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Effects of Nuclear Power Cooling Systems on the Critically Endangered EU Eel

12 February 2014

EU - A case study in Sweden has shown that critically endangered European eels are being lost when they are sucked into the local nuclear power station’s cooling system. A process to pump the eels back into the sea could be beneficial to this species, the researchers conclude.

Nuclear power stations require large amounts of water for their cooling systems and 86% of the world’s nuclear reactors use water from natural ecosystems, drawing water from the sea or a nearby river and pumping it back after use.

eelsThis practice can trap and kill aquatic species which are sucked up with the water. Technology used to pump fish and other species back into their natural environment could be valuable, especially for species of conservation concern.

This study examined a case study in Sweden, focusing on the impacts of this practice on the European eel (Anguilla anguilla). This remarkable animal undergoes a vast migration from the Sargasso Sea off North America to the freshwater lakes, rivers and streams of Europe and back.

The species is now critically endangered globally, possibly as a result of a combination of different factors, including climate change, overfishing and pollution.

The research was carried out at the Forsmark nuclear power plant in eastern Sweden. At the plant the water is pumped into a filtering station and any animals or debris are discarded. In 2010 and 2011 the researchers recorded the number and weight of the fish trapped over a 24 hour period every week.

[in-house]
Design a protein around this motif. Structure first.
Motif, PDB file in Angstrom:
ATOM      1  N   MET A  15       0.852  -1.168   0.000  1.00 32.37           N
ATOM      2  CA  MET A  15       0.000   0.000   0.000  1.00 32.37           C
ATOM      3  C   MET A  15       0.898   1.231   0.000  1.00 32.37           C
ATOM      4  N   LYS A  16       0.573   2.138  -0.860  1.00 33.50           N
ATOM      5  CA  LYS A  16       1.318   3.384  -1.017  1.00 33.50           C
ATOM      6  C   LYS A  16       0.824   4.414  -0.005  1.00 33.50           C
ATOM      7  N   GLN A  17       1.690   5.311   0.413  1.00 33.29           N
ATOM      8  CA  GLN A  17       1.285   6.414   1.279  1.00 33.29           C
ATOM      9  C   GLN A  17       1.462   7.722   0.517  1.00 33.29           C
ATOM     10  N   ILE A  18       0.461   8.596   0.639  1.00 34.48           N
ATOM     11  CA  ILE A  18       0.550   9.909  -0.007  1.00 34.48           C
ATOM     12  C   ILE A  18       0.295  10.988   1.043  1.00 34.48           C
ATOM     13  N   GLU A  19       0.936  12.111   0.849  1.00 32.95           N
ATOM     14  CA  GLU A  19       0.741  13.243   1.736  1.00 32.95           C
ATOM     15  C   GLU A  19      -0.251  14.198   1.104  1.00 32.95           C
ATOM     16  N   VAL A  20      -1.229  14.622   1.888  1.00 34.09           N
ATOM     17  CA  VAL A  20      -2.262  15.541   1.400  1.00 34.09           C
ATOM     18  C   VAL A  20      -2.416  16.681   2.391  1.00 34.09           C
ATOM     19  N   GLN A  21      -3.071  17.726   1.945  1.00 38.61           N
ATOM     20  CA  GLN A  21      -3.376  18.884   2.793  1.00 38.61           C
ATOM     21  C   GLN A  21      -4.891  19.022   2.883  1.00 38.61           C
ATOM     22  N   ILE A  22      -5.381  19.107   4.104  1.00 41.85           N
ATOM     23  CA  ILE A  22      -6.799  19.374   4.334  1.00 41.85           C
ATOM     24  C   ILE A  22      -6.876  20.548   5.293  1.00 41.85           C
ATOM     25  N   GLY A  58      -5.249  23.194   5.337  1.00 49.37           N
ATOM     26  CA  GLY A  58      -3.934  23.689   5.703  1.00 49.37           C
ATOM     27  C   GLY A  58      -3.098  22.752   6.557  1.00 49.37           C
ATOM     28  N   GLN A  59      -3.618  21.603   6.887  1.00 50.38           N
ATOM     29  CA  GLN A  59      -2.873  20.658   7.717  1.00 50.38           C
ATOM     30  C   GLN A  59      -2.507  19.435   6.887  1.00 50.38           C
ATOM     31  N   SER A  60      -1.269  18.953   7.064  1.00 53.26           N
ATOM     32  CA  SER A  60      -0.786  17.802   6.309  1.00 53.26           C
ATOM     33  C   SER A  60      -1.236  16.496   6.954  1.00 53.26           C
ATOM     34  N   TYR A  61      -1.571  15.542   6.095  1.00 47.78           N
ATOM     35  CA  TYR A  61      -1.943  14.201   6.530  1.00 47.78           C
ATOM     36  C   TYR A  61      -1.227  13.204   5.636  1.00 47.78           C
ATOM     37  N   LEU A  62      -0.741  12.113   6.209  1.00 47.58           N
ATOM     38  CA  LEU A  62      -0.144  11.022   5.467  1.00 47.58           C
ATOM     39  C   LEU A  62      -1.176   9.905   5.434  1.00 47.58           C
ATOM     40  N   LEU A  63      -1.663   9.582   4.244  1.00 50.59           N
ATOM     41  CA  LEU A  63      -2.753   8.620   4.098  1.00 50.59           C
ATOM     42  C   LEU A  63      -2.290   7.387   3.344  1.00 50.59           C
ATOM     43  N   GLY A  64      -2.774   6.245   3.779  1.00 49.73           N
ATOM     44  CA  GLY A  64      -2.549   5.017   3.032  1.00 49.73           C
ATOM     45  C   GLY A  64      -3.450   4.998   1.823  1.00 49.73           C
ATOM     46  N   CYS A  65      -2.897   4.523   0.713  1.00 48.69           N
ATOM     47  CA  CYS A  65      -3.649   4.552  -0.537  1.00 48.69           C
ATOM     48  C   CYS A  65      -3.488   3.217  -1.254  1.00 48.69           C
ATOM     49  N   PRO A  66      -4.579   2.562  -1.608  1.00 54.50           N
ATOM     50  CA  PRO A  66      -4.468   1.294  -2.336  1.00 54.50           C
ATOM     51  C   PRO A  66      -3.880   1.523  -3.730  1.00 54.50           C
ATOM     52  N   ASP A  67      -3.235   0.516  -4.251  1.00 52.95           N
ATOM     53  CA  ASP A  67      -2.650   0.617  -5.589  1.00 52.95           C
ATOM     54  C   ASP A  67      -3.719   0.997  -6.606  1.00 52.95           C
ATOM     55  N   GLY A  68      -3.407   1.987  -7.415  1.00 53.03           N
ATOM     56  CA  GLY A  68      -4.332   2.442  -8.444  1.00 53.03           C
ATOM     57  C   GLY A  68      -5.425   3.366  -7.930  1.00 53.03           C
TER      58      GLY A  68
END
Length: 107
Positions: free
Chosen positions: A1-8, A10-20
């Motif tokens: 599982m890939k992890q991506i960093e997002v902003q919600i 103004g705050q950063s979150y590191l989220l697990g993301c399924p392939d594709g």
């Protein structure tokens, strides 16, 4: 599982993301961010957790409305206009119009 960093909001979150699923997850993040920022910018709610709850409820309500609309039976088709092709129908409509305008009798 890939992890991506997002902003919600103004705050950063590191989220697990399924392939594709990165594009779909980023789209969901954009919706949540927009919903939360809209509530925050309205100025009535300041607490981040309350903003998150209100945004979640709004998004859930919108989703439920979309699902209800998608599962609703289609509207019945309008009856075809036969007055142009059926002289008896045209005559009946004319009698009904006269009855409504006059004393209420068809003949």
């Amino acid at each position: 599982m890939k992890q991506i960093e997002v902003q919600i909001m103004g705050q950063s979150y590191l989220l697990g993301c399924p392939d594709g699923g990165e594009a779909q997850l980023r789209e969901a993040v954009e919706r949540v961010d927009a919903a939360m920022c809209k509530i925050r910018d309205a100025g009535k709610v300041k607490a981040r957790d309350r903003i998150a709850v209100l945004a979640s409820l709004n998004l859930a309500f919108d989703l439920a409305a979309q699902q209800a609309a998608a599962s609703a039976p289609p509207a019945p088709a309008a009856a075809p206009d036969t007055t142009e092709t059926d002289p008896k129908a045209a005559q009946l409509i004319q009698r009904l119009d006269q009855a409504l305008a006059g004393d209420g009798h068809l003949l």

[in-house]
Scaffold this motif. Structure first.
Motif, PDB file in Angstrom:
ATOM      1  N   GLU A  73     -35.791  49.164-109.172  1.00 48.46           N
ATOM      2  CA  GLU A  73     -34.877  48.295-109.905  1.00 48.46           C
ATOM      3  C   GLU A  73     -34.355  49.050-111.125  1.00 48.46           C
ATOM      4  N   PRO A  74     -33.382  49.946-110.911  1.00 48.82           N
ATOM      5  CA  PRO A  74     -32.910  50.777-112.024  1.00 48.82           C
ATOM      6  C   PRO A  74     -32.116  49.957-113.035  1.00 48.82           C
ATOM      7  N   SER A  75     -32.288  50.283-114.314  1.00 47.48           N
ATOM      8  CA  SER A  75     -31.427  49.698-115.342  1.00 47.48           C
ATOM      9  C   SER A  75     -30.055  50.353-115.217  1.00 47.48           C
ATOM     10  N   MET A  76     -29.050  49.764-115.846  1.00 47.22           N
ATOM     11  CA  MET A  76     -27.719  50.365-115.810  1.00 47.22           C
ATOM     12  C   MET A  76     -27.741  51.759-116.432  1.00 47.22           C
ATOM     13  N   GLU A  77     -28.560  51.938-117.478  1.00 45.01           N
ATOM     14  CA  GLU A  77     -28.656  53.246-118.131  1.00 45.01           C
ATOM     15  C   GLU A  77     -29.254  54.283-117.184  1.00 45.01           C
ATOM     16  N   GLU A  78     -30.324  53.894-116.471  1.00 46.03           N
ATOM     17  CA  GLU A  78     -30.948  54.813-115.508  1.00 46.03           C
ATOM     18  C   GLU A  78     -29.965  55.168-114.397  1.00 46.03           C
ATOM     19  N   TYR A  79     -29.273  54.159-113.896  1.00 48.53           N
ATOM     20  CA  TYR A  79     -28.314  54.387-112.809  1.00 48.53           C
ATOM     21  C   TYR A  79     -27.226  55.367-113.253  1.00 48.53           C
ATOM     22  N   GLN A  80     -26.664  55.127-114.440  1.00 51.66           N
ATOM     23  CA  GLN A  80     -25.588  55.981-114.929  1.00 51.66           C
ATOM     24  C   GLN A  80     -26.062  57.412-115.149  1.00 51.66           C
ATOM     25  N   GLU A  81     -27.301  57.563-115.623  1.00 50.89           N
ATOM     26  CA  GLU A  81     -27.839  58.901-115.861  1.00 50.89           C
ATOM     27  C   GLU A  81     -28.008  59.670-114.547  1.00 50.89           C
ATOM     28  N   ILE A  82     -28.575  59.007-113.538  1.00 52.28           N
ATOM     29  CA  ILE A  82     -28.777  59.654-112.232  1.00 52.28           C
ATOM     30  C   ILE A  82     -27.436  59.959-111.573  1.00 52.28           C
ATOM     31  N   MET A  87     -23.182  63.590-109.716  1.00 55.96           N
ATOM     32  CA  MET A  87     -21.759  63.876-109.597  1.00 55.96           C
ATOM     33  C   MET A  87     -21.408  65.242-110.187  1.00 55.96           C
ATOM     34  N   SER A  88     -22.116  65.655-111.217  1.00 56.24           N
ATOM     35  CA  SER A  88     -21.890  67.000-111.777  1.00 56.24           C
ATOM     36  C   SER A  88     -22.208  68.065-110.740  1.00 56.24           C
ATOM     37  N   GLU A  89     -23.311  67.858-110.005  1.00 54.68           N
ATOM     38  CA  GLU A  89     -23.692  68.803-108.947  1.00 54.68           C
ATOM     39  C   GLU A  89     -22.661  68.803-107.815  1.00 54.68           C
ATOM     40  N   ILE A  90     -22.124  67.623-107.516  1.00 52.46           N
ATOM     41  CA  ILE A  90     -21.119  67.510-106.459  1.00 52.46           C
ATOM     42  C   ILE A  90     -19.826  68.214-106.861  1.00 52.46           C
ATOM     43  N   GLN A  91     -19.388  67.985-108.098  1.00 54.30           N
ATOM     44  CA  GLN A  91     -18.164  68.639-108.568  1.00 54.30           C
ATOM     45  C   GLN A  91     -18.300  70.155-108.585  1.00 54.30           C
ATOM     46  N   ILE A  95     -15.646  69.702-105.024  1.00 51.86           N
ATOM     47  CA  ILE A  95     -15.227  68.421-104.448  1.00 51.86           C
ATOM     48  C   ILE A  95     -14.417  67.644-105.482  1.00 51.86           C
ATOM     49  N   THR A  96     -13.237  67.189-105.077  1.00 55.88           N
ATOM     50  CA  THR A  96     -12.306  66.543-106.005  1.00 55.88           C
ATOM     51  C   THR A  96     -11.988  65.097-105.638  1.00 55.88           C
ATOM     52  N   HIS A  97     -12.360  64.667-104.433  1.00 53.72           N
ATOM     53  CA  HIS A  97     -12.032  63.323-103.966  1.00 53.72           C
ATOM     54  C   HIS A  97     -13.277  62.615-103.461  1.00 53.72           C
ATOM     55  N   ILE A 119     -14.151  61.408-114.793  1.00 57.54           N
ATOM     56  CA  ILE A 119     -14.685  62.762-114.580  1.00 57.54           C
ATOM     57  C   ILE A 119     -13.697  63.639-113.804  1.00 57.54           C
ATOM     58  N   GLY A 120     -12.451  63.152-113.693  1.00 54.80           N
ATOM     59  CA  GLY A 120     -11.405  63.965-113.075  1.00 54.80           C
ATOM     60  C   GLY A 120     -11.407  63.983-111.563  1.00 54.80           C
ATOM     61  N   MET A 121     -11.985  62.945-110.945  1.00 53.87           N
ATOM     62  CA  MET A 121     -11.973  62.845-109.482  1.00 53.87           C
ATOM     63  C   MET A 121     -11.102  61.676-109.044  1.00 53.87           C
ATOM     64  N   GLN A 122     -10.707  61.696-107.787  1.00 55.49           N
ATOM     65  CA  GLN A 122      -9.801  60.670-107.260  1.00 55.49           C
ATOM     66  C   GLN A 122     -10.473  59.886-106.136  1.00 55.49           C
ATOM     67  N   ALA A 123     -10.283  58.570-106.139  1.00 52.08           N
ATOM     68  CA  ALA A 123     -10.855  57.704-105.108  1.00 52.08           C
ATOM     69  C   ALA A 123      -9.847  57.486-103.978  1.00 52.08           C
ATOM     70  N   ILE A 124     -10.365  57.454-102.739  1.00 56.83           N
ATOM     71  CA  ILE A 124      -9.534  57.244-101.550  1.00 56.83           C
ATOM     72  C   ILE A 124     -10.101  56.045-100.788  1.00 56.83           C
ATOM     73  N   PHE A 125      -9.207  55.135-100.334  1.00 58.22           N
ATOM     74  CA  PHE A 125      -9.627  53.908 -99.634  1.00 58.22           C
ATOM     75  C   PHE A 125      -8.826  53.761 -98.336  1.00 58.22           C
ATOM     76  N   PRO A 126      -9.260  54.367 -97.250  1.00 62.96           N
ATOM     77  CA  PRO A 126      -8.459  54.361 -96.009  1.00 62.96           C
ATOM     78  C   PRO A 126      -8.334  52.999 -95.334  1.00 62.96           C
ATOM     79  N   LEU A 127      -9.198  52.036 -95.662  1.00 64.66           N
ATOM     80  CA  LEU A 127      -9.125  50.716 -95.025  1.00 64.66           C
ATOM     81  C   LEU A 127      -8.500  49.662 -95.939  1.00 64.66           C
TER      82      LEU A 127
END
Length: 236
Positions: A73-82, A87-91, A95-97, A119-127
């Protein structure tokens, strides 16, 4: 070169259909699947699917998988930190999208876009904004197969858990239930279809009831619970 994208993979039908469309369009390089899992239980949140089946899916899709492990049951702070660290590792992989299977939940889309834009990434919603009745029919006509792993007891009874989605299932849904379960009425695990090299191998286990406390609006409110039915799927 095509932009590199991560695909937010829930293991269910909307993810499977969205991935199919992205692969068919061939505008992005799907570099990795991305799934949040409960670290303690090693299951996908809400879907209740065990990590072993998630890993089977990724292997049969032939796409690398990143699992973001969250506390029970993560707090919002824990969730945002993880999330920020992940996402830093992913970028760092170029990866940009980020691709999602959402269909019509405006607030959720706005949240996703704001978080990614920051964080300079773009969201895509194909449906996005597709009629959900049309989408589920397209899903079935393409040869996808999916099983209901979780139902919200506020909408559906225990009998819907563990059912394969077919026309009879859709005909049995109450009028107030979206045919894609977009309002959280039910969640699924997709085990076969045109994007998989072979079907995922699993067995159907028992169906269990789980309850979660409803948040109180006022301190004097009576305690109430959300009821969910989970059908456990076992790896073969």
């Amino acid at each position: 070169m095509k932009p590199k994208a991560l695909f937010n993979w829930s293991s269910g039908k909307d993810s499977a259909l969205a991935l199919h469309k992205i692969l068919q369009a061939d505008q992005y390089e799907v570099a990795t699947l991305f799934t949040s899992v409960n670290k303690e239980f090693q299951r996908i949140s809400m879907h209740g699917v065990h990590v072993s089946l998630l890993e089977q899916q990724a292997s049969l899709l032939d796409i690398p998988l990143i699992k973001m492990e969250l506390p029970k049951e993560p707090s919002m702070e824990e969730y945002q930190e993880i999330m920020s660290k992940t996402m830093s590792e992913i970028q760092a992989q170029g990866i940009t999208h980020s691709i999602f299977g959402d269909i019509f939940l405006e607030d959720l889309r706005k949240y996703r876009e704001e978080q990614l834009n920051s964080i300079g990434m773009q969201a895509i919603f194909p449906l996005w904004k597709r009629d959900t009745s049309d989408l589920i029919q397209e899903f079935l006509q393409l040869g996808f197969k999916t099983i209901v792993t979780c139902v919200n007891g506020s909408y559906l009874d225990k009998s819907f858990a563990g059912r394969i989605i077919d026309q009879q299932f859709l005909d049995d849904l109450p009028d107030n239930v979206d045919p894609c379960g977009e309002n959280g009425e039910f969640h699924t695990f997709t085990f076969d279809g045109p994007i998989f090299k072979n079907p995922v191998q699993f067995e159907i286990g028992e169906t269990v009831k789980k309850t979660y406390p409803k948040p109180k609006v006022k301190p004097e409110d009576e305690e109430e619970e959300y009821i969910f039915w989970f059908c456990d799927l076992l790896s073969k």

The results showed that over the two years, 58 600 000 fish, totalling 101 100 kg, were trapped at the filtering stations. Overall, 1943 European eels were caught in 2010 and 1166 in 2011. The researchers calculated that, if a system were put in place to pump the fish back into the sea, as has been implemented at some other plants, approximately 1300 eels would be saved.

This was calculated using the data from this study and previous research from other power stations into the survival rates of eels that are pumped back.

The most common fish caught were three-spined sticklebacks, however, large numbers of herring were also caught, especially in spring and autumn. The numbers of herring are of particular importance since the herring fishery in the area supports local livelihoods.

In fact, the numbers of herring trapped at the power plant in 2011 reached a third of the herring landings by fishermen in the Forsmark area in the same year.

The researchers were not able to investigate whether this is affecting herring populations in the long term, but suggest further research is needed on this.

Overall, this study showed that a system to return European eels to the sea would help conserve this species. While the researchers did not investigate the economic profitability of this possibility, they stress the fact that the European eel is globally endangered and therefore such investment may be considered worthwhile.

TheFishSite News Desk



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